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One last bit of Cliff Lee hype, to get you ready for tonight's start. Here's a breakdown of Lee's pitches using FanGraphs' and Texas Leaguers' PITCHf/x tools. This can be sort of a guide for you on what to expect.


As with all pitchers, Cliff Lee throws his fastball a lot. Since he left the Indians, however, he's thrown it less often, dropping from throwing it 68.9% of the time over his career to ~61% of the time since the start of last season.

PFX finds the fastball he throws most often to be the two seam variety.


Click the image for a larger view of the movement on Lee's two-seamer. He's been throwing it 40.1% of the time this year, which is way up from 2009, and he never even threw it in 2008. Which says to me either it's a PFX error, or something he's doing differently that has led to his extra awesome season by his own lofty standards. It has an average velocity of 91.1 mph, slightly-below-average horizontal movement of 7.8 inches and nearly three inches less of sink compared to the average two-seamer. As with all of his pitches, he locates it well, throwing it for strikes 72.5% of the time.

PITCHf/x has Lee's use of a four-seamer as declining each season in favor of what's being called a two-seamer. Here's the movement.


He's thrown it 20.8% of the time this season at an average velocity of 91.0 mph. The horizontal movement is a bit behind the two-seamer, but it has closer to average sink (though still roughly two inches below average). Just like the two-seamer, it's a ball that gets across for strikes a lot; in this case 73.5% of the time.

FanGraphs' has Lee's fastball (both) as being worth nearly 1.5 runs above average for the team every 100 times it's thrown. That's third in the American League, by the way. Behind C.J. Wilson.


More fastballs. Lee's third most thrown pitch (according to PFX) this season is the cut fastball.


Much like the two-seamer, Lee's use of the cutter has dramatically increased over the years, up to throwing it 19.1% of the time this season against a 7.1% career rate. Once again, possible error or possible explanation for how Lee has gone from very good to otherworldly.

Lee's cutter travels at an average of 86.3 mph and moves an impressive -3.2 inches horizontally, or in on right handed hitters/away from lefties. For reference, that's more vertical movement above average (which is roughly 0 from both hands) than Mariano Rivera has been getting this season.

Here's a graph of Lee's cutter moving in on righties.


And, once again, he throws it for strikes. 76.2% of the time.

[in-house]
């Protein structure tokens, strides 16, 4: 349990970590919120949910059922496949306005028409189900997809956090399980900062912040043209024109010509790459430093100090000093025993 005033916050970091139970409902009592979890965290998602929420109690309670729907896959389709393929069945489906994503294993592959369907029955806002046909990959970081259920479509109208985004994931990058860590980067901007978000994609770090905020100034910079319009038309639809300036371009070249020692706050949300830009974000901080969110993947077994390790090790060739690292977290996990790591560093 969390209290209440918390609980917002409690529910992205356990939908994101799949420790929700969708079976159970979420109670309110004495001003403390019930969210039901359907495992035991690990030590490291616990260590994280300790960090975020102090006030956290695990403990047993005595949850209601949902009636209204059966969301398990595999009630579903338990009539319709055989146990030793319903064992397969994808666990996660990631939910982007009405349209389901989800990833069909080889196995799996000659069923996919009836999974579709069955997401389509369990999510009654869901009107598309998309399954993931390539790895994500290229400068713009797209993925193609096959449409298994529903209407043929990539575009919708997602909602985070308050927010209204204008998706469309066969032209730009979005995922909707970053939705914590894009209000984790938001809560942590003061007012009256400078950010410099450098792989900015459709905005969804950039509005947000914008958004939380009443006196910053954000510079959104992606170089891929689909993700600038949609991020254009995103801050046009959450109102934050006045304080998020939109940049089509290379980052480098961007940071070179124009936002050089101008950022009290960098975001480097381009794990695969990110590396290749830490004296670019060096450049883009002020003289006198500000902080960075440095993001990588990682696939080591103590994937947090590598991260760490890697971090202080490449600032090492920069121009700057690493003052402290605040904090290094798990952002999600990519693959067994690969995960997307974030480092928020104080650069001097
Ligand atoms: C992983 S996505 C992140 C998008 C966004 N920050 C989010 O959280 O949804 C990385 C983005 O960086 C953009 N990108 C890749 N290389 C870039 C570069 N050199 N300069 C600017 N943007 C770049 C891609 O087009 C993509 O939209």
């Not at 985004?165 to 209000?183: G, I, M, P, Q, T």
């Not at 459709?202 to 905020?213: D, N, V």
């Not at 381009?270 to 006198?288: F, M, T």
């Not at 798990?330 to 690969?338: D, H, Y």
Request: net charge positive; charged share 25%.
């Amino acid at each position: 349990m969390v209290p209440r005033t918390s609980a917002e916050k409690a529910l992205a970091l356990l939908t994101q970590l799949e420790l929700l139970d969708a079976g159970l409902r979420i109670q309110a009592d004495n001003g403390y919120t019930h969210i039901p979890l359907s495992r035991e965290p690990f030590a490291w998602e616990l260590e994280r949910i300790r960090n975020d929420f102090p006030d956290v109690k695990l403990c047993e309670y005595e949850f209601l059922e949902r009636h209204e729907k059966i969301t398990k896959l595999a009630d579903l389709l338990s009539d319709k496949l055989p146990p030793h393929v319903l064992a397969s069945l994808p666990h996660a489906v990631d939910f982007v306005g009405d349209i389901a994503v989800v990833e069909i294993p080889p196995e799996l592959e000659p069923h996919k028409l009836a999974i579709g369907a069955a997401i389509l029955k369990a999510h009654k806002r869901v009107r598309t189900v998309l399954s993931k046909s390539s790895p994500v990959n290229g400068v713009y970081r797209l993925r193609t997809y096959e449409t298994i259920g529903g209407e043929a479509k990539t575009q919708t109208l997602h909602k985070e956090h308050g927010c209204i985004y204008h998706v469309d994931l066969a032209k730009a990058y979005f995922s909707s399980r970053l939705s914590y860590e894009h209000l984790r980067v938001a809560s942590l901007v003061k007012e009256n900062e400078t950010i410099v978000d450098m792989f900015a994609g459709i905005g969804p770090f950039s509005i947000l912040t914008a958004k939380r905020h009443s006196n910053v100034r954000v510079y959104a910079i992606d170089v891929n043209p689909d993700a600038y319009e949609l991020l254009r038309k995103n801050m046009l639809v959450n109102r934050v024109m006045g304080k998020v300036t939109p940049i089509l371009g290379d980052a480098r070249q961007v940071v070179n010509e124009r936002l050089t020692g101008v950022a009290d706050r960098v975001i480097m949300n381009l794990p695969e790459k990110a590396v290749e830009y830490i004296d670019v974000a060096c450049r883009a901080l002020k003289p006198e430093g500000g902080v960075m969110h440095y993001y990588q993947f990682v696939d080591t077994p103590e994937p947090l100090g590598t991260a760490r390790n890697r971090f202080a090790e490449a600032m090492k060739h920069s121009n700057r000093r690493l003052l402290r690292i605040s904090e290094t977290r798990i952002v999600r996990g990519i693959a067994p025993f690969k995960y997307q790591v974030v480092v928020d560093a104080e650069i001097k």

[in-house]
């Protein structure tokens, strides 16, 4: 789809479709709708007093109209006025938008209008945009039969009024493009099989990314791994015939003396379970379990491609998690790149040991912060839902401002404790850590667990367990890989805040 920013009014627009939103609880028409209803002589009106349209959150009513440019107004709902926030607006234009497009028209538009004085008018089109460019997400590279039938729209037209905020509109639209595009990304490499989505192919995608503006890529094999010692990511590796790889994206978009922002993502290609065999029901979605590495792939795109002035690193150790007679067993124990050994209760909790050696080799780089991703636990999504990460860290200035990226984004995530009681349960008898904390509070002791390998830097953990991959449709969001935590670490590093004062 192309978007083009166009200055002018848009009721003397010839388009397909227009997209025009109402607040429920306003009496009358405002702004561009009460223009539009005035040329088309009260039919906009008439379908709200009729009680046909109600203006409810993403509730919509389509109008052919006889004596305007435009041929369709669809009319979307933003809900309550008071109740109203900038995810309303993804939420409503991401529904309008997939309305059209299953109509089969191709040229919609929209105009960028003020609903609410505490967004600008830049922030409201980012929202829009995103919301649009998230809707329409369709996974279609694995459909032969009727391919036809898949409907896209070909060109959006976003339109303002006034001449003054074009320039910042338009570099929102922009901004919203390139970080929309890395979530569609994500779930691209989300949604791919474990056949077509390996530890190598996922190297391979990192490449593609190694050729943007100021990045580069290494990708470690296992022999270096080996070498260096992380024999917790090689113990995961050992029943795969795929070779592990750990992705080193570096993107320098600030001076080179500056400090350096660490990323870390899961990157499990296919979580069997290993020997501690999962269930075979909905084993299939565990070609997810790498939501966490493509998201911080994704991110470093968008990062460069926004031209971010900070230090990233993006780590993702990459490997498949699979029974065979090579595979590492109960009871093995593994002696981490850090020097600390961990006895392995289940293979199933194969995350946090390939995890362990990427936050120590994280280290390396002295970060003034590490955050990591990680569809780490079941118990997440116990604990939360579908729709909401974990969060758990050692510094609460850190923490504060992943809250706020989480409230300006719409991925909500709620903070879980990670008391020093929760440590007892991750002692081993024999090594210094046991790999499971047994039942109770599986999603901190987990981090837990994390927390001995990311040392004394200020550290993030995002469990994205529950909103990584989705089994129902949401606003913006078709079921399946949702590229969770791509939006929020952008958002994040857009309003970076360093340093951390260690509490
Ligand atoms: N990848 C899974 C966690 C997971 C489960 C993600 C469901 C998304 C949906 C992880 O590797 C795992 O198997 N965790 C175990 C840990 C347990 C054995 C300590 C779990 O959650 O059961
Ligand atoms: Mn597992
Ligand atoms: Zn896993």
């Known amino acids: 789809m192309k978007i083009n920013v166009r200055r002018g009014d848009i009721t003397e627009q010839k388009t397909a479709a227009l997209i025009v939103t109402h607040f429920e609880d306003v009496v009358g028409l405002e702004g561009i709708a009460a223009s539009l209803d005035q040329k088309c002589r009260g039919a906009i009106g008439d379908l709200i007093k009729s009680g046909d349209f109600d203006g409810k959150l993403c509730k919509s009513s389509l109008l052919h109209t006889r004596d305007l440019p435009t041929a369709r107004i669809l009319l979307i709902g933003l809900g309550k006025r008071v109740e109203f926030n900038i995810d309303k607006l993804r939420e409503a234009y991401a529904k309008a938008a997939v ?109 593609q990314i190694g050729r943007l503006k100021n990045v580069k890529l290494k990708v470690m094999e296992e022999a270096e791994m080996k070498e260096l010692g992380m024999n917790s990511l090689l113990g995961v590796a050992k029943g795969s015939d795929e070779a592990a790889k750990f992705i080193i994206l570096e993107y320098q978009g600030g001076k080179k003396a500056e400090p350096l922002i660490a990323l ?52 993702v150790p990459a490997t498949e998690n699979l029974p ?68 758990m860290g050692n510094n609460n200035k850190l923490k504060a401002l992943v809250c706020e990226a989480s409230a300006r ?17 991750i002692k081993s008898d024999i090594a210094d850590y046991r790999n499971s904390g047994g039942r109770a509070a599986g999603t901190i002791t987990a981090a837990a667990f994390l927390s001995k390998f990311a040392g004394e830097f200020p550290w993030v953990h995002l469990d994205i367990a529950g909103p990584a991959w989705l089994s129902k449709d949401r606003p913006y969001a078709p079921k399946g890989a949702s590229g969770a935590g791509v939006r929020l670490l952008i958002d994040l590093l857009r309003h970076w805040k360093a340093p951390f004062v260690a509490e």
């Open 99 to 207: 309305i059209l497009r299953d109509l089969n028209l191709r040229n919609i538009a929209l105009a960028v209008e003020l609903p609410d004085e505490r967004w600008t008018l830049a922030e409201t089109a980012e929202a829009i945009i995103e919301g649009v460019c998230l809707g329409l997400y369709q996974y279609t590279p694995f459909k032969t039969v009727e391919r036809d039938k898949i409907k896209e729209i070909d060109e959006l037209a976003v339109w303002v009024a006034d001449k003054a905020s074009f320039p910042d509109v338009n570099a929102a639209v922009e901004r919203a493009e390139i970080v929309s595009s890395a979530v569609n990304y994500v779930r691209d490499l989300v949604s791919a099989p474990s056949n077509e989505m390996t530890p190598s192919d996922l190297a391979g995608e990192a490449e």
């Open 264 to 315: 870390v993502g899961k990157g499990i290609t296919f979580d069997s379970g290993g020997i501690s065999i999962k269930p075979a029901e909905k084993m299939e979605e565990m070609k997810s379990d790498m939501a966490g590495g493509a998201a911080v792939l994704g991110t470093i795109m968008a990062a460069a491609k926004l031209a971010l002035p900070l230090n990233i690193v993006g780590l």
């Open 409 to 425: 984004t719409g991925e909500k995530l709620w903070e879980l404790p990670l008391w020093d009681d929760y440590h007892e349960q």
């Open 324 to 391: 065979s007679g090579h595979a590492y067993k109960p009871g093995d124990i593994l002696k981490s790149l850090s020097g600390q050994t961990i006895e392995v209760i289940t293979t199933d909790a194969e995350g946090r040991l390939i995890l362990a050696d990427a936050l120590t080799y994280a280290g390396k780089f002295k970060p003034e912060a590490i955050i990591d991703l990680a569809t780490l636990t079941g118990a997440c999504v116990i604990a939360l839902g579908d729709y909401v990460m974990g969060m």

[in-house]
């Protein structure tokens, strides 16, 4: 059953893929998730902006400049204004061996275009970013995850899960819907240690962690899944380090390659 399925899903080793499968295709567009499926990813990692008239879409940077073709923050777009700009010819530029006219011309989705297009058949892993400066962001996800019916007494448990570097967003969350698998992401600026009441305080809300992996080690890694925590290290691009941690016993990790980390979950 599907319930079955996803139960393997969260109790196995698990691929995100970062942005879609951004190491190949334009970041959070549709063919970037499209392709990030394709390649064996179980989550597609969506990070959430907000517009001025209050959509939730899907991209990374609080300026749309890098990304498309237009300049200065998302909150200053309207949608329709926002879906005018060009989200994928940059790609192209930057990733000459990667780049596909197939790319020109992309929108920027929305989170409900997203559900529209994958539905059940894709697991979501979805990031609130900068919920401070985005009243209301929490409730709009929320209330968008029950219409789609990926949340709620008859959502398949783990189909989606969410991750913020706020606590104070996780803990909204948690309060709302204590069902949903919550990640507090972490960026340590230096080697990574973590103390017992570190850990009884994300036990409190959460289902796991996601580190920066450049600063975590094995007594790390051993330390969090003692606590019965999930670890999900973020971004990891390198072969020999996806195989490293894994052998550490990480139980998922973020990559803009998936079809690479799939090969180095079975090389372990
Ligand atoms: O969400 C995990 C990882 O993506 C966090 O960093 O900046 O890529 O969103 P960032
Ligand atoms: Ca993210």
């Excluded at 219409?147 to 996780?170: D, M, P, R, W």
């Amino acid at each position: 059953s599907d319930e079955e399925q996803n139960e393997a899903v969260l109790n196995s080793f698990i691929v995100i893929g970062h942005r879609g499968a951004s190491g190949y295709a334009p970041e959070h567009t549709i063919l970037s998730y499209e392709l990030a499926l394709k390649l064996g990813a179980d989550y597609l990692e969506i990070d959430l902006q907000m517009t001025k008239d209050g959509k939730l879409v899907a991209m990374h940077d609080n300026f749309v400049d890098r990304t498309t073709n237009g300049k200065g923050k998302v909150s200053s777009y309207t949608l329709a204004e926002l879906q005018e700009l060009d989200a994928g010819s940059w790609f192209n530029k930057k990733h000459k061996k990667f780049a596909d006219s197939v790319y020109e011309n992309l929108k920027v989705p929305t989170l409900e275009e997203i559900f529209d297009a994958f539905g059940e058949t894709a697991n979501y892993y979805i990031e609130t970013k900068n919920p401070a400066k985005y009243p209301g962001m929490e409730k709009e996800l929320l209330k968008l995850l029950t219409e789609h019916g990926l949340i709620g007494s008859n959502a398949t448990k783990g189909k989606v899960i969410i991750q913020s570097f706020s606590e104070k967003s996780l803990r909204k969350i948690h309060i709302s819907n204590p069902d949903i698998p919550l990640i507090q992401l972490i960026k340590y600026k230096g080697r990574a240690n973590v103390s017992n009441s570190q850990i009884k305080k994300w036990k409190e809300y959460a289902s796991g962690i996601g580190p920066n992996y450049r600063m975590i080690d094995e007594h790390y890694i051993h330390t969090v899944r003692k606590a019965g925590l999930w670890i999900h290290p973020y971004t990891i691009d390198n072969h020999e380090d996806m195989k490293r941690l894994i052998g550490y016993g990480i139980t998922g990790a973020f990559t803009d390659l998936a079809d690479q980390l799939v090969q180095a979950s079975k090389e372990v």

Lee's cutter at FanGraphs has been worth around 0.7 runs above average every 100 times thrown. Once again, that's top ten in the league and, once again, it's directly behind one C.J. Wilson.


With three good fastballs, we have to have a changeup, right?


Someone with more PFX experience has to explain those crazy outliers to the left.

Anyway, Lee has thrown his changeup 14.2% of the time at an average of 84.5 mph. Once again, the ability to locate is staggering, with 75.7% thrown for strikes this season. Like the fastballs, the horizontal movement is more than average, while the sink is less, by about an inch in both regards.

FanGraphs, meanwhile, thinks the change has been Lee's most effective pitch this season, at an amazing 3.34 runs above average for every 100 times thrown. That's the second best in the AL. It is not behind C.J. Wilson (Jon Lester).


Lee doesn't go to his breaking pitches often. The most common is the curve.


Wicked bite. In fact -5.7 inches of bite, vs. an average of -4.0 on curves. Here's a side image.


Lee throws that curve just under 5% of the time, which is the lowest in his career. It goes at an average of 76 mph. And while it only goes for strikes 53.8% of the time (it is a breaking ball), he gets people to whiff on it at an awesome 17% rate. For reference, the league average swinging strike rate is 8.4%.

FanGraphs considers this his second most lethal pitch at a 3.32 wRAA/100 rate. That's behind on Brett Cecil in the American League.


PITCHf/x says Lee has a slider. I would like someone to verify this for me. He rarely throws it (2.5%), it's not very effective per FanGraphs (-0.31 wRAA/100) and it's got only slightly more velocity (79.8 mph) than the curve. Is it possibly just a failed curveball some of the time? Or is it actually yet another pitch in his arsenal that's just rarely deployed?


The slider is below-average in horizontal movement and very unique in vertical movement (it has more top spin than a slider should). It's a strike half the time, and hitters only whiff on it 7% of the time.

I'm very curious about this pitch. I haven't watched Cliff Lee quite enough to know.


I've thought often over his recent seasons that Cliff Lee reminds me of Greg Maddux. My memory of Maddux (and correct me if I'm wrong) was a pitcher with a variety of fastballs that he leaned on, all with different movement and low-90s velocity at best, and he backed those up with tremendous off-speed stuff. And, most importantly, he had precise control and pinpoint accuracy over each pitch, essentially devastating hitters with carefully controlled differences in pitches and unhittable locations.

That's what Lee is right now. He commands the strike zone at will with a variety of fast balls -- being able to run in on the hands of either handedness of hitter -- and a fantastic changeup, all of which he can locate perfectly. And when he needs, he has a seemingly untouchable curveball. It's not often you compare a pitcher to Maddux, but it's not often a pitcher is throwing as well as Cliff Lee has been the last two and a half years.

Photographs by jamesbrandon, jdtornow, phlezk, flygraphix, mcdlttx, tomasland, and literalbarrage used in background montage under Creative Commons. Thank you.